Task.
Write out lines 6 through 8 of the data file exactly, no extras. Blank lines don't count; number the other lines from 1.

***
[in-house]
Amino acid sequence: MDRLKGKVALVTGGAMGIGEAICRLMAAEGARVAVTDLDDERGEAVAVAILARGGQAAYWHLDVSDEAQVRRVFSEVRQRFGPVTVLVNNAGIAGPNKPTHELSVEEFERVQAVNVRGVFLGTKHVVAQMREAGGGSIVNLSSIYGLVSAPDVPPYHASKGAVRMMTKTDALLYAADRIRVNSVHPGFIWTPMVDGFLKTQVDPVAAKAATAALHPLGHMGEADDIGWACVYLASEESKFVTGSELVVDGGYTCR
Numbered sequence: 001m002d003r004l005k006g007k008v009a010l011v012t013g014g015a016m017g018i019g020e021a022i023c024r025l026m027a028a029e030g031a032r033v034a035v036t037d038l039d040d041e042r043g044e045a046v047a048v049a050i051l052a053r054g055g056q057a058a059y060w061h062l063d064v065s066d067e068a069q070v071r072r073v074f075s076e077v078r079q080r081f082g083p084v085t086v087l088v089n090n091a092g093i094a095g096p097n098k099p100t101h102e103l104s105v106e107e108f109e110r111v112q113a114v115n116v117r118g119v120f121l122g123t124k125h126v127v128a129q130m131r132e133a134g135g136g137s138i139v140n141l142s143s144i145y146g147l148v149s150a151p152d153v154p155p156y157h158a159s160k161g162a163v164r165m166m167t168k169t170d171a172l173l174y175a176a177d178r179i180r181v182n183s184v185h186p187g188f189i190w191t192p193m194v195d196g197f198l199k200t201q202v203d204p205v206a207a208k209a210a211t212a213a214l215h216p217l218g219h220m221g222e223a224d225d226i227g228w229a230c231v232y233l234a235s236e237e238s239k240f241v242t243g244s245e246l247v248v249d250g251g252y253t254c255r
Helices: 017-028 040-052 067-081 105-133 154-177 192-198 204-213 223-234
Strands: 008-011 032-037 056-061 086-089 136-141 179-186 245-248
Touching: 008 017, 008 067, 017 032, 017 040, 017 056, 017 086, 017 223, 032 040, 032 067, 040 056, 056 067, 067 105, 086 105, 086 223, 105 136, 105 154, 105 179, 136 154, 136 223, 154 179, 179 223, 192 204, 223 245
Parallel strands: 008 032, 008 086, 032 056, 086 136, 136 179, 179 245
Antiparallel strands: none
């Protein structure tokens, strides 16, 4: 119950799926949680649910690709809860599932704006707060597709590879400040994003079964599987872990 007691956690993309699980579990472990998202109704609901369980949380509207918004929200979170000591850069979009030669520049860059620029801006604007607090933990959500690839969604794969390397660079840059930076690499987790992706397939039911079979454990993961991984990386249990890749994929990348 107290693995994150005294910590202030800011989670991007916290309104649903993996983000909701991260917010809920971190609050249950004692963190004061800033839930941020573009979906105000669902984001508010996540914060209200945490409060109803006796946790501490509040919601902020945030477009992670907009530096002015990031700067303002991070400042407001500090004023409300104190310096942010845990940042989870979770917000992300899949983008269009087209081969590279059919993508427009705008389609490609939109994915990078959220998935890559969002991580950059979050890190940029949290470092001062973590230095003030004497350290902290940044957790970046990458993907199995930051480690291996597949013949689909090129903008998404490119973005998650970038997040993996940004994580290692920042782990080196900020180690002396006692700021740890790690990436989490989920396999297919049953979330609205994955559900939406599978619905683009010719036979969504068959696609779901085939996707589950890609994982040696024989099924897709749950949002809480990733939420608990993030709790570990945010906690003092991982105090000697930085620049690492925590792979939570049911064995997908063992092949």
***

Touching: 008 017, 008 067, 017 032, 017 040, 017 056, 017 086, 017 223, 032 040, 032 067, 040 056, 056 067, 067 105, 086 105, 086 223, 105 136, 105 154, 105 179, 136 154, 136 223, 154 179, 179 223, 192 204, 223 245
Parallel strands: 008 032, 008 086, 032 056, 086 136, 136 179, 179 245
Antiparallel strands: none